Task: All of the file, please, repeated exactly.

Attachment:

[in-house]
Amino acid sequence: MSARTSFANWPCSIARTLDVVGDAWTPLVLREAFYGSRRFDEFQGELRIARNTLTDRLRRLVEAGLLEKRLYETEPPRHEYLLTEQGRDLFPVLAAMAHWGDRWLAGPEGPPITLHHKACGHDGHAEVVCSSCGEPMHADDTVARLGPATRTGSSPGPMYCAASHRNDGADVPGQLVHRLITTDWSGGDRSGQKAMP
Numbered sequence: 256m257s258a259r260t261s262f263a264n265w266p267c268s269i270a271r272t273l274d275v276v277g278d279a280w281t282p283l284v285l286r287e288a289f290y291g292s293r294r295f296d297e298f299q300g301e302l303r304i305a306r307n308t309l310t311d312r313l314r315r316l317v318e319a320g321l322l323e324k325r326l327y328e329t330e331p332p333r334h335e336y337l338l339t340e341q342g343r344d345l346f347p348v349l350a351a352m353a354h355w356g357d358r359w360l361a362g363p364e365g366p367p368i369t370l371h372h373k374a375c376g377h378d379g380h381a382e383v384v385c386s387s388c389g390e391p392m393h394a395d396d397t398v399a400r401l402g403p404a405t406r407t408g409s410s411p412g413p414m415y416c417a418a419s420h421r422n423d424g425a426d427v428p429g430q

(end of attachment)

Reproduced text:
[in-house]
Amino acid sequence: MSARTSFANWPCSIARTLDVVGDAWTPLVLREAFYGSRRFDEFQGELRIARNTLTDRLRRLVEAGLLEKRLYETEPPRHEYLLTEQGRDLFPVLAAMAHWGDRWLAGPEGPPITLHHKACGHDGHAEVVCSSCGEPMHADDTVARLGPATRTGSSPGPMYCAASHRNDGADVPGQLVHRLITTDWSGGDRSGQKAMP
Numbered sequence: 256m257s258a259r260t261s262f263a264n265w266p267c268s269i270a271r272t273l274d275v276v277g278d279a280w281t282p283l284v285l286r287e288a289f290y291g292s293r294r295f296d297e298f299q300g301e302l303r304i305a306r307n308t309l310t311d312r313l314r315r316l317v318e319a320g321l322l323e324k325r326l327y328e329t330e331p332p333r334h335e336y337l338l339t340e341q342g343r344d345l346f347p348v349l350a351a352m353a354h355w356g357d358r359w360l361a362g363p364e365g366p367p368i369t370l371h372h373k374a375c376g377h378d379g380h381a382e383v384v385c386s387s388c389g390e391p392m393h394a395d396d397t398v399a400r401l402g403p404a405t406r407t408g409s410s411p412g413p414m415y416c417a418a419s420h421r422n423d424g425a426d427v428p429g430q